Crawl Space Problems
A properly sealed and up-kept crawl space is essential to a comfortable, efficient and healthy home. When neglected, the space beneath your home can develop problems ranging from an unpleasant odor to full blown structural concerns as floor joists rot. These problems frequently reveal themselves long before they become serious. As a homeowner, you should keep an eye out for: mold, rotting wood, dank or musty odors, warping hardwood floors, high humidity, high utility bills, and condensation build-up on duct work, insulation, or water pipes.
What causes crawl space concerns? Typically, water infiltration under the home due to aging construction or poor grading is the culprit. Most off-grade homes have concrete block walls for foundation. As your home ages, the waterproofing on the foundation begins to fail. Standing water on the outside of the home leaks straight through these concrete blocks, which are very porous, and spills into the crawl space. In some cases the freezing and thawing process creates cracks in the foundation. This allows water to flow freely under your home.
There are several signs to look for when identifying potential crawl space problems, including:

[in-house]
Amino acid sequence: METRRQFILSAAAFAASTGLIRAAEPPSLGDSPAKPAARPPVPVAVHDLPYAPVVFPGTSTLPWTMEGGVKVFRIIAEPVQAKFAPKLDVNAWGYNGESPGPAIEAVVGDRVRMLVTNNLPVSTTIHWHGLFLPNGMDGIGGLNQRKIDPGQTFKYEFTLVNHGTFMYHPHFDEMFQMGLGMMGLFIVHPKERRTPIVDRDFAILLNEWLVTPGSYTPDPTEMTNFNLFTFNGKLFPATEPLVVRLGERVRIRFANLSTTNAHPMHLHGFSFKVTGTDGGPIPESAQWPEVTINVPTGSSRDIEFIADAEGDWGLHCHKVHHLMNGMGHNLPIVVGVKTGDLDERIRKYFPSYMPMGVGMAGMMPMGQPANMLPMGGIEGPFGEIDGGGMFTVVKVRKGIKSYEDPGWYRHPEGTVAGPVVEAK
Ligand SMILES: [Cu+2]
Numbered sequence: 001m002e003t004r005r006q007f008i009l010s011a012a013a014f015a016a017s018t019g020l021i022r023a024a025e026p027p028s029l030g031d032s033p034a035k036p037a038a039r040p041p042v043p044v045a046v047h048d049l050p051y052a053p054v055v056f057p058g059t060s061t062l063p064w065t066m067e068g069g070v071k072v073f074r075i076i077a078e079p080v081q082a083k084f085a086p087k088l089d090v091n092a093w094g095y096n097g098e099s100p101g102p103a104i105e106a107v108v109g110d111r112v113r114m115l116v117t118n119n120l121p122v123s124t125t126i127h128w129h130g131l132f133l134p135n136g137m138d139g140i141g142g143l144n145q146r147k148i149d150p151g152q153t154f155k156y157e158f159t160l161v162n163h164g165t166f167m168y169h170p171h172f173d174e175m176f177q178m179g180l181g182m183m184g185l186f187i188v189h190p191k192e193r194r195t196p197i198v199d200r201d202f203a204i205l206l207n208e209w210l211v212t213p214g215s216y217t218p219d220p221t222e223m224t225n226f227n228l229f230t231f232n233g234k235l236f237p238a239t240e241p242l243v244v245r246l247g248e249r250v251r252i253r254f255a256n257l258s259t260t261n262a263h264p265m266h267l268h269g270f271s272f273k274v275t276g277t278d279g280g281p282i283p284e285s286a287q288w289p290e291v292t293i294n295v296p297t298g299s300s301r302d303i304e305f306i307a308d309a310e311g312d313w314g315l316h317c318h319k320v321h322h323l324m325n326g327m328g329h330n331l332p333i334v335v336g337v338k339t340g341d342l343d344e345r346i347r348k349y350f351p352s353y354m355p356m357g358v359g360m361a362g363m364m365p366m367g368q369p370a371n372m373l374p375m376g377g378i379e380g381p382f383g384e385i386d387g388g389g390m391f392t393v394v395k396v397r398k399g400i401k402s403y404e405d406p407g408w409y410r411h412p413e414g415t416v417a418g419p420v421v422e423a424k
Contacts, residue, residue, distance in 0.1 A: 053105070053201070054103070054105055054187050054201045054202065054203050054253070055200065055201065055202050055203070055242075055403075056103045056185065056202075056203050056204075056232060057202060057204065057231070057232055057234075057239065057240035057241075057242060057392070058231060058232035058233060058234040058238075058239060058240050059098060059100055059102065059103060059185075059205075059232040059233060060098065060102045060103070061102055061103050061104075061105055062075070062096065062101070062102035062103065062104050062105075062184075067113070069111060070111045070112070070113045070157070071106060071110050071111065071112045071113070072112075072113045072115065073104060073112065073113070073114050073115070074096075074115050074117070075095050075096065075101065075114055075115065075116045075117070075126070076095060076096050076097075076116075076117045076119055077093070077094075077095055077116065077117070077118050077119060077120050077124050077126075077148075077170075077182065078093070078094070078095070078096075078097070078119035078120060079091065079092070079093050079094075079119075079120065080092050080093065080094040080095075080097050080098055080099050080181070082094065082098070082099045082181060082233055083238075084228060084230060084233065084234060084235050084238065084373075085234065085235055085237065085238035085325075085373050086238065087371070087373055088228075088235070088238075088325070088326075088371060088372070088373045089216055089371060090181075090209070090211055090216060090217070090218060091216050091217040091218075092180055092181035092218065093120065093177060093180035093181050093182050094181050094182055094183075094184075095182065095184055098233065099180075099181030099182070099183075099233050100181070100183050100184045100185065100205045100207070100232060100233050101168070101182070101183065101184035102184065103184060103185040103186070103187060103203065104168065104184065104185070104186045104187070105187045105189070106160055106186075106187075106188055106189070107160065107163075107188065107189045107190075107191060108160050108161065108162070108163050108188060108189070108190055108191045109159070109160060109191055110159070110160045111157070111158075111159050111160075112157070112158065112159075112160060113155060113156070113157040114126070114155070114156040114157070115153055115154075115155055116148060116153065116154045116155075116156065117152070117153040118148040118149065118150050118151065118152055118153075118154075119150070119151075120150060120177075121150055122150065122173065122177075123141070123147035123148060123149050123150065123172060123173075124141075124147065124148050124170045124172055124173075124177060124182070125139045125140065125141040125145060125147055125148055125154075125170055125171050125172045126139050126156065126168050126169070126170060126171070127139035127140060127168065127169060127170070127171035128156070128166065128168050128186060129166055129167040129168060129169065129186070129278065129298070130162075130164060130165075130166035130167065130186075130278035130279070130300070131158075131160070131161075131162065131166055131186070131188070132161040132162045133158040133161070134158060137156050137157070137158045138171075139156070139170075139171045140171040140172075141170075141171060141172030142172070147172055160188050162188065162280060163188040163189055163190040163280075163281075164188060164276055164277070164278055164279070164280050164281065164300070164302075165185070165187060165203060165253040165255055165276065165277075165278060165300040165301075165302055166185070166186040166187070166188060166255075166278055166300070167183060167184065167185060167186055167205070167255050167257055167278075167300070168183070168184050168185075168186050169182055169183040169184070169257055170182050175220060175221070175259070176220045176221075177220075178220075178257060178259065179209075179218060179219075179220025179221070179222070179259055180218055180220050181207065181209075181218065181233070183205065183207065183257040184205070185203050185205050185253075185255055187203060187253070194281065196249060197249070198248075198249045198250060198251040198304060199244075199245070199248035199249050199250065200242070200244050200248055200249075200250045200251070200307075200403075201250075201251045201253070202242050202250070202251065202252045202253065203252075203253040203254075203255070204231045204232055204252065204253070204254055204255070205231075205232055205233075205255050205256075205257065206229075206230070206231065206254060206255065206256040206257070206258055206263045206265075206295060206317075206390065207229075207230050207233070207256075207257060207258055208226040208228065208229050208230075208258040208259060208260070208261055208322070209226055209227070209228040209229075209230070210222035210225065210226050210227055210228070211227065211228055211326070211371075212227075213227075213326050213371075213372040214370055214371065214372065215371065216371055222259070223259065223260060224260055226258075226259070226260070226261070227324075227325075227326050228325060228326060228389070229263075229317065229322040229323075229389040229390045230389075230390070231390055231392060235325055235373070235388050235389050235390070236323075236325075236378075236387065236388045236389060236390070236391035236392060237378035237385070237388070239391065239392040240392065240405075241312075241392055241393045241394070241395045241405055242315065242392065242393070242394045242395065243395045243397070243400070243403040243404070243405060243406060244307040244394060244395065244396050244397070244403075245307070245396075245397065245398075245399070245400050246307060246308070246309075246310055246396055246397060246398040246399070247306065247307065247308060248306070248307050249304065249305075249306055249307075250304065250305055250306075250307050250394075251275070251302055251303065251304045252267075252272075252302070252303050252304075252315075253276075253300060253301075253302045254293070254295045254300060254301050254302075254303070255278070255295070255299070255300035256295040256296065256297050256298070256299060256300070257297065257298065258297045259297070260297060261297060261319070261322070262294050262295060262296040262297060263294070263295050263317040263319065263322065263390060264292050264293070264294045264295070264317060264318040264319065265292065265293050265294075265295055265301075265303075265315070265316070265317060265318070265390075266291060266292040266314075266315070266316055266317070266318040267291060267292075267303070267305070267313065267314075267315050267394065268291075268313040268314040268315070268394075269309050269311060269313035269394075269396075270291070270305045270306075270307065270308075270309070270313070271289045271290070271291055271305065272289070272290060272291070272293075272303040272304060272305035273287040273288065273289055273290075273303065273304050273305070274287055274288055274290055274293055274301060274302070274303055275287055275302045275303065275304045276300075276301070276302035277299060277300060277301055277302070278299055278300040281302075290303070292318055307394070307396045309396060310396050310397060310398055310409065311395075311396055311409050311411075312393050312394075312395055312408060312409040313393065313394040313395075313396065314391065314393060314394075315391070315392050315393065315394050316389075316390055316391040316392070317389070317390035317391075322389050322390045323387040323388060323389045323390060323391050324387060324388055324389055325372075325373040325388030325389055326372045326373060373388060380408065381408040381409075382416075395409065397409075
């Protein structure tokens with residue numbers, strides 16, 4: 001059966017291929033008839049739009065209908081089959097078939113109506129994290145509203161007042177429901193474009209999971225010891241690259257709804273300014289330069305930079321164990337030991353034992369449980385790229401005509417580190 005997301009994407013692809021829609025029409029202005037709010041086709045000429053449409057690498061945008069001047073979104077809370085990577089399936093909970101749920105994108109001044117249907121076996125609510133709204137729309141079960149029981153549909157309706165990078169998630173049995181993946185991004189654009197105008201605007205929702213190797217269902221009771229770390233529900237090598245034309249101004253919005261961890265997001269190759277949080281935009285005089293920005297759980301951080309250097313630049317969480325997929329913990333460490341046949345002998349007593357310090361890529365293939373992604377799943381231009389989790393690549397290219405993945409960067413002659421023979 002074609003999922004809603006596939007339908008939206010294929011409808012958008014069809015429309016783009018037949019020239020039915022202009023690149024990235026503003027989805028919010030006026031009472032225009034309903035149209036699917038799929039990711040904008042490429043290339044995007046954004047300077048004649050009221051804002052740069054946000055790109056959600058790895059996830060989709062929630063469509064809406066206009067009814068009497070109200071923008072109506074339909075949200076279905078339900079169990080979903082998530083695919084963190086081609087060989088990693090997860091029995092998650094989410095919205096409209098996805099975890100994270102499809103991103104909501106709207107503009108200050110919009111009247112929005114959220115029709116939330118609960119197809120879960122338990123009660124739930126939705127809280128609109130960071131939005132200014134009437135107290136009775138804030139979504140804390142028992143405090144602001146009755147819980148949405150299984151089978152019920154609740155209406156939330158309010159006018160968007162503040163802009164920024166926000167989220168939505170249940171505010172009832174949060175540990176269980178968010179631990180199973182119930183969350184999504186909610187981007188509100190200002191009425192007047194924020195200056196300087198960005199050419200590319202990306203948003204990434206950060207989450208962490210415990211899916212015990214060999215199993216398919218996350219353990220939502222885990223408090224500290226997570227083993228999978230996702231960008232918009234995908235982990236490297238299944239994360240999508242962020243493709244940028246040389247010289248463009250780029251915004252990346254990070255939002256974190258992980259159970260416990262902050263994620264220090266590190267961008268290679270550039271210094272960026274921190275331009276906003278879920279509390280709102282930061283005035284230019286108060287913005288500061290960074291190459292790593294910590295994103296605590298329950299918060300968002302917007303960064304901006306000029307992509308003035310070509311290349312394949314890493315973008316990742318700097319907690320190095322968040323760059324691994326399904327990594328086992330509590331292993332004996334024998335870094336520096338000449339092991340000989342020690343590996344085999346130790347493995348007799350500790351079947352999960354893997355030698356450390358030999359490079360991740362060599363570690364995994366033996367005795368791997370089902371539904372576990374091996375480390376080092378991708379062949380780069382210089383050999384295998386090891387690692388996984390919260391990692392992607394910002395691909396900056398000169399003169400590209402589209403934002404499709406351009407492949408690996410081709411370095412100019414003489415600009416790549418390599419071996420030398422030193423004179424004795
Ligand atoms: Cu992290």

- Crawl space floor is below outside soil grade level
- Standing water against the exterior foundation wall
- Foundation cracks
- Canyons and trenching under the home indicating running water
- Buckled hardwood floors
- Soft spots in your floor indicating a failing sub-floor
- Elevated wood moisture content (Greater than 13%)
- Calcium lines on your foundation wall and piers indicating standing water level
Crawl Space Repair Options
Closed Cell Foam: Sub-Floor Application
- Closed cell foam is a vapor barrier.
- Will insulate your home, thus preventing cold floors in the winter.
- Closed cell foam is as hard as concrete. It will add a lot of structural strength to your floor system (no more squeaky sub-floor).
- It is waterproof. Even if your home floods, the foam will not have to be removed like other materials such as fiber glass.
- Sub-floor applications of closed cell foam may void your termite bond. Be sure to check with your bonding company before any foam install!
- It is permanent. Future changes to home layout will be difficult with closed cell foam on the sub-floor.
- Spraying the sub-floor will lock in the existing moisture, and therefore increase the time it takes for cupped floors to lay down.
- Does not address crawlspace drainage.
- Floor joist are still exposed to crawlspace moisture.
Basic Vapor Barrier System: Open Crawl Space System
- Inexpensive relative to closed cell foam applications and encapsulation.
- Effective for mild water infiltration concerns.
- Vapor barrier not permanent.
- Ineffective for crawlspaces with extensive moisture and water pooling.
- Does not address the crawlspace air humidity level.
- Vulnerable to pest and rodents.
- Does not address foundation drainage.
- Addresses the drainage, moisture, and humidity concerns.
- Is a permanent fix.
- Improvement of air quality.
- No termite bond concerns.
- Conditioned storage under home.
- Expensive. A full encapsulation, especially those requiring french drains, is very labor intensive.